• Dave, this would have been GREAT for me when I was at SXSW. I’m also certain that I lost followers because of my SXSW tweets – no doubt people were just sick of hearing it all, I sure would have been! I’ve heard repeatedly about people’s desires to group followers in a meaningful way, so I’m sure that an API would be warmly received.

    For more inspiration, check out the Twitter Wish List and comments from @pistachio (http://pistachioconsulting.com/blog/?p=170)

    I’m looking forward to the day when I can have this type of functionality. 🙂

  • It’s a great idea and absolutely doable. The problem here is that you’ve dreamed up an app that should actually be a feature of Twitter. So the danger of creating something like this is two-fold: A) Twitter has direct access to the data and could presumably, at a later date, create the same, better app. B) Another player could come into the mix and render Twitter obsolete. Not your fault, but you’re totally tied to Twitter.

    That’s the big conundrum. Twitter lacks so many features, and the API could allow us to make up for them, but should we? Do we put out the effort, knowing that it could all be for nothing? I don’t have the answer or I’d be coding your idea right now.

  • I think it is a great idea, but let’s turn it on its ear:

    – I want to be able to group people so that if I want to communicate with just those people, I can. For example, if I was at SXSW, I could just communicate with those folks and not force all my friends to block my tweets during that time
    – I want to be able to add a group of people that may include, temporarily, some people I don’t normally follow so I can see the full context of the discussion

    This would allow me to have discussions that are of interest to a specific group that I know others would probably not be interested in so that I wouldn’t run into the concern that Adele identifies.

    It would also allow me to turn the privacy on/off for my own individual tweets. If they are meant for this particular group, I would not want them read outside of this context. Or perhaps those that are public could only be captured/indexed/viewed in the search engines etc. as a group so they would not be quite so much out of context.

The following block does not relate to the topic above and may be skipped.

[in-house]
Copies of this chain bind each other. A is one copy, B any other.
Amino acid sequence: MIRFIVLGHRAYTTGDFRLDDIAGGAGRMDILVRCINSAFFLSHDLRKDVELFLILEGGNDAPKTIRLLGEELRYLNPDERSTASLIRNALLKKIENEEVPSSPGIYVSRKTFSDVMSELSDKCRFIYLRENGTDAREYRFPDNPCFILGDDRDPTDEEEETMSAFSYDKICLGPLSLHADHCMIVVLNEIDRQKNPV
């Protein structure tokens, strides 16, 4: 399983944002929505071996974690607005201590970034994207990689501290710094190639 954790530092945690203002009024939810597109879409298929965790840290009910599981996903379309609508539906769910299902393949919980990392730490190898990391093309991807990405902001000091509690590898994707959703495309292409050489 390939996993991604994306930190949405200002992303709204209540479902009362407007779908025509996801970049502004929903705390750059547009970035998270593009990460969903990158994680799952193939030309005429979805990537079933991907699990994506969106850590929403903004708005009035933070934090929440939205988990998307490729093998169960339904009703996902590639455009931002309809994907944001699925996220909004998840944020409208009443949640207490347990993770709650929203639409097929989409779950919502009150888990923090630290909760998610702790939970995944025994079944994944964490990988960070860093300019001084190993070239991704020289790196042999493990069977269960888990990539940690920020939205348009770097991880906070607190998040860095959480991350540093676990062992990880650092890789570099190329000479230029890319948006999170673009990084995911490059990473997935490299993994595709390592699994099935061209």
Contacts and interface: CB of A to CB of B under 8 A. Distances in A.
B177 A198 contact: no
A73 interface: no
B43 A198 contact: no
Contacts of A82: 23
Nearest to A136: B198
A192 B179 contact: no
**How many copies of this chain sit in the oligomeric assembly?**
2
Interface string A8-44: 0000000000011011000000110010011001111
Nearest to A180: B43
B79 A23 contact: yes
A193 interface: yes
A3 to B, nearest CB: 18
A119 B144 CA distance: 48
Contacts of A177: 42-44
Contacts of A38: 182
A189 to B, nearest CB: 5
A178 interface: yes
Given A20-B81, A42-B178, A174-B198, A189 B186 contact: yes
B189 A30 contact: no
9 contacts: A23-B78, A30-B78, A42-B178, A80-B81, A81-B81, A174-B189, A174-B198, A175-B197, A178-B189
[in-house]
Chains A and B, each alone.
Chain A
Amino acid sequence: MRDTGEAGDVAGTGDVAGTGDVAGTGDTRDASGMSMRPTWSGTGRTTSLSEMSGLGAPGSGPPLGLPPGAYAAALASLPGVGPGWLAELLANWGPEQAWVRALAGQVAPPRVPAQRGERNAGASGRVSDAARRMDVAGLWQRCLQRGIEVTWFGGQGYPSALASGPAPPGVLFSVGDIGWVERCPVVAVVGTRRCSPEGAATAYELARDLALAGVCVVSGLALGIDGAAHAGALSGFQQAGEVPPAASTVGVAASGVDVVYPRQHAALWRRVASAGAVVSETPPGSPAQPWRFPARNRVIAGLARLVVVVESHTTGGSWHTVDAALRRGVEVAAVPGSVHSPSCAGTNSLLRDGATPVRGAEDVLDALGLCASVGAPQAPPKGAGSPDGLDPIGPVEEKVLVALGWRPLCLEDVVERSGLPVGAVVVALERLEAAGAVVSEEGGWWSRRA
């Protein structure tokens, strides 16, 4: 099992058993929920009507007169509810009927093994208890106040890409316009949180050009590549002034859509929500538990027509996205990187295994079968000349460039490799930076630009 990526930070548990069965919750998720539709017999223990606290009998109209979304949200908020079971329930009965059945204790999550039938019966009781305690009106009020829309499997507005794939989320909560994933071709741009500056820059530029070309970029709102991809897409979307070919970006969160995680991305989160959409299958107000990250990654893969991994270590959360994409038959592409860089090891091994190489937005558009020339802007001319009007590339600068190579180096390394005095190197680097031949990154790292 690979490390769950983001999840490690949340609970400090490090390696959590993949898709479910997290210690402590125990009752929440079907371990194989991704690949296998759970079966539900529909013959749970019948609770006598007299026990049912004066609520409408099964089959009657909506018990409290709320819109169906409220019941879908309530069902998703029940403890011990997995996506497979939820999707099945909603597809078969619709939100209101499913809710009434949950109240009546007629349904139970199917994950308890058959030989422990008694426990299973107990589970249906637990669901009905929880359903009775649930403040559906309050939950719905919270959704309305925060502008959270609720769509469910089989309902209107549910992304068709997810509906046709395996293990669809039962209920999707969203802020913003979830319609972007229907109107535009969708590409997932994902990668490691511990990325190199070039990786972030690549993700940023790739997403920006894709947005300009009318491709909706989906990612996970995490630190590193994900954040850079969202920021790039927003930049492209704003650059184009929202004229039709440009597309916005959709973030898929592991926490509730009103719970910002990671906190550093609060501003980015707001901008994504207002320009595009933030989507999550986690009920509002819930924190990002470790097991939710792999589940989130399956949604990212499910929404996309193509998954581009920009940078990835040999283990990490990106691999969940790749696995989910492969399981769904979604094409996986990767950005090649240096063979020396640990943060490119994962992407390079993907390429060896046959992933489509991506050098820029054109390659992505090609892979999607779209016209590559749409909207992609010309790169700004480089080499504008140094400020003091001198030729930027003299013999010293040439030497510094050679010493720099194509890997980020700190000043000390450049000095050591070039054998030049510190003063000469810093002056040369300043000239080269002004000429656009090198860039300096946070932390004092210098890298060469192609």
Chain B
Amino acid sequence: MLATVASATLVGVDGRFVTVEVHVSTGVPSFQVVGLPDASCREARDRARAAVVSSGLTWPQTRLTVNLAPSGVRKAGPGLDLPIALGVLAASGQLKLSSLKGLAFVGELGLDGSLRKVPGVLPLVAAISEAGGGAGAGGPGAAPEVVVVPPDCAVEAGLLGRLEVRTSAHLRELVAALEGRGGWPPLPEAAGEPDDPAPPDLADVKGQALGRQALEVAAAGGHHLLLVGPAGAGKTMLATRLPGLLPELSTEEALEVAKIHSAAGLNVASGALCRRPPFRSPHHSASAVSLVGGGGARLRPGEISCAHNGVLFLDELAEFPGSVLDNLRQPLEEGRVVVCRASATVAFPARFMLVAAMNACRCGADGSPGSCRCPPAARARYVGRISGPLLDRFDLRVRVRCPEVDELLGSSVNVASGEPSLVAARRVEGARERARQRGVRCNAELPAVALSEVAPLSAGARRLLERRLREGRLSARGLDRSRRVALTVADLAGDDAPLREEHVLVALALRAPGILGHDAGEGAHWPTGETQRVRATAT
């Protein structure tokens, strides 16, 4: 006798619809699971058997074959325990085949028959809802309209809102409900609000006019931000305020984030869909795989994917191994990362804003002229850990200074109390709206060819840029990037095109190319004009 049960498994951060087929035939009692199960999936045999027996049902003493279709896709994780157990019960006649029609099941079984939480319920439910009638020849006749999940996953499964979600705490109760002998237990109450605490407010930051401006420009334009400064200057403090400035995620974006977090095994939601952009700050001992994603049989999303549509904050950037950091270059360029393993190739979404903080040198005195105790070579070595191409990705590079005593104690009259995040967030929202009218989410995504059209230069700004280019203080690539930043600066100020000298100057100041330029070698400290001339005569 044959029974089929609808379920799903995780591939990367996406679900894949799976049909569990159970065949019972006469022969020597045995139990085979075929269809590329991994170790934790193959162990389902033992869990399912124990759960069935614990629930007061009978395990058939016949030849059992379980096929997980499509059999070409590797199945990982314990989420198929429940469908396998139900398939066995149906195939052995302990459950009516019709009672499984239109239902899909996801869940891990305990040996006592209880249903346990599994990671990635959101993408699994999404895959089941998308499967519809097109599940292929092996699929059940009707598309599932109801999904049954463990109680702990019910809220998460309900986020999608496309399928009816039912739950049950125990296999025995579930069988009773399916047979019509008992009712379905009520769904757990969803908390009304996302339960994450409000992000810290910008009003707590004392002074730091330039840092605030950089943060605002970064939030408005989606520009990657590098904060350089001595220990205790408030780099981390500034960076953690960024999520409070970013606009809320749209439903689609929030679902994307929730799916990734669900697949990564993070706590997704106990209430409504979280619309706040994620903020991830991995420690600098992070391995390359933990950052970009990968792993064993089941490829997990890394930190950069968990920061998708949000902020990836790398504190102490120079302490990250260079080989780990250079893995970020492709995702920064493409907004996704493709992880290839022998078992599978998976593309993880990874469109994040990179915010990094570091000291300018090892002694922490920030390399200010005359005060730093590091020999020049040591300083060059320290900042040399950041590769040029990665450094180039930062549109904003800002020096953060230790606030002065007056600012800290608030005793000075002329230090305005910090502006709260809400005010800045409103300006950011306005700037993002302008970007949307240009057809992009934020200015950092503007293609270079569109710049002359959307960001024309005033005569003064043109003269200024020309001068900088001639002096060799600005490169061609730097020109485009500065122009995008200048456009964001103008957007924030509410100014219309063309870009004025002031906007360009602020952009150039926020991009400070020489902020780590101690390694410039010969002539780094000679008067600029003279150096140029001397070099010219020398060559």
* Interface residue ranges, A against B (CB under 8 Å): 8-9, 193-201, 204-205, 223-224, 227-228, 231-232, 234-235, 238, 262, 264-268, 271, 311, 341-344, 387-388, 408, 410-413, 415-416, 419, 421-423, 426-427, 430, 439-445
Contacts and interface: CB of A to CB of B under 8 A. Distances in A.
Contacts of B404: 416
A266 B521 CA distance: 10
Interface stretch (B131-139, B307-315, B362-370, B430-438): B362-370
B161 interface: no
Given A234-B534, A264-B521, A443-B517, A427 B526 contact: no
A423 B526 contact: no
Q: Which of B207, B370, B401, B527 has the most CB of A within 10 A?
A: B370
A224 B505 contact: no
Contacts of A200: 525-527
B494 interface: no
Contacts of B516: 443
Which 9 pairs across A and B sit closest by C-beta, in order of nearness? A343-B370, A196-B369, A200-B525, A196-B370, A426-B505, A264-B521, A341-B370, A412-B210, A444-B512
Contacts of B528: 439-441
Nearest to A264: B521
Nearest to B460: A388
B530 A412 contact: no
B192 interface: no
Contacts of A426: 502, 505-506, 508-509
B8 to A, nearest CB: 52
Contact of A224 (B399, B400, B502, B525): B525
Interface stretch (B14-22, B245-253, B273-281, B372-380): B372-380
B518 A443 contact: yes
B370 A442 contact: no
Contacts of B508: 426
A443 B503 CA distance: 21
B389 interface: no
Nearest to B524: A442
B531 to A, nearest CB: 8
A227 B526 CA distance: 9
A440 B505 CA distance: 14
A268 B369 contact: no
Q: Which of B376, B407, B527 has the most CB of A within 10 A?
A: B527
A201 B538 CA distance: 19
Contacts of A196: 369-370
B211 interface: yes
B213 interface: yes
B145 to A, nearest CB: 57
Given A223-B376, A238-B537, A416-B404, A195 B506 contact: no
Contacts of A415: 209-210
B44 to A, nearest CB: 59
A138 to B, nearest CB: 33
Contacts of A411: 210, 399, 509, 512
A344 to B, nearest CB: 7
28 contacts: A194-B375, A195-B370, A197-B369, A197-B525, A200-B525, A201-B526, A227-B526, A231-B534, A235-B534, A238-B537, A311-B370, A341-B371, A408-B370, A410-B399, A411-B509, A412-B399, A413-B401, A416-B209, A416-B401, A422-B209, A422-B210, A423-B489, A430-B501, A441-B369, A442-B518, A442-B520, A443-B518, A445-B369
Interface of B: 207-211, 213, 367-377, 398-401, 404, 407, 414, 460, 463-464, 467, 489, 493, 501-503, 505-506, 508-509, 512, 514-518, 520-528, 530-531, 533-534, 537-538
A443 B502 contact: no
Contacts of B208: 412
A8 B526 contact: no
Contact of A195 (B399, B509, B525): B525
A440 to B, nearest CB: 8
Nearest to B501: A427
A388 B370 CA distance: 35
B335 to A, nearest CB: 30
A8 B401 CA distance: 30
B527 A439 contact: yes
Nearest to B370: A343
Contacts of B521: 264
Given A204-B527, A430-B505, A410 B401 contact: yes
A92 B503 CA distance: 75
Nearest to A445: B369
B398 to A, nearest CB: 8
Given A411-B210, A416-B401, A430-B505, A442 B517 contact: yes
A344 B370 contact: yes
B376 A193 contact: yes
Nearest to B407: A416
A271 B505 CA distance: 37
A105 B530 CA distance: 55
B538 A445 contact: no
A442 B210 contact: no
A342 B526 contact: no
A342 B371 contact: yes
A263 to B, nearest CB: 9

As for Shannon Whitley’s arguments, if everyone worried about these issues we would have no Twitter applications. Meanwhile, we have a range of terrific ones.

    Cheers,
    Connie

  • Great ideas Connie!

    The reason I didn’t propose messaging to individual groups is that that would require changes by Twitter that an app alone couldn’t do. If the API allowed it they’d be fantastic ideas but I don’t think it does (I’d love for someone to tell me otherwise though!).

  • Rayenne – great point. Hurting peoples’ feelings is never a good idea. Wonder if there’s a way around that?

    Adele – thanks for the link, and glad you like the idea.

  • I’ve been complaining about this for a long while. Twitter itself feels like an unfinished product, at least as far as the web site is concerned. I’m happy that at least it didn’t melt down during SXSW this year (unlike last year), but it still feels rough around the edges, and with its popularity and the funding it’s attracted, Twitter should be able to improve the user experience by now.

  • Check out tweetparty – you can create groups and then broadcast messages to them. Works really well.

  • Pascal

    Any one of the desktop clients that I know (TweetDeck,Seesmic to mention a few…) has an filtering an grouping option, very easy to use.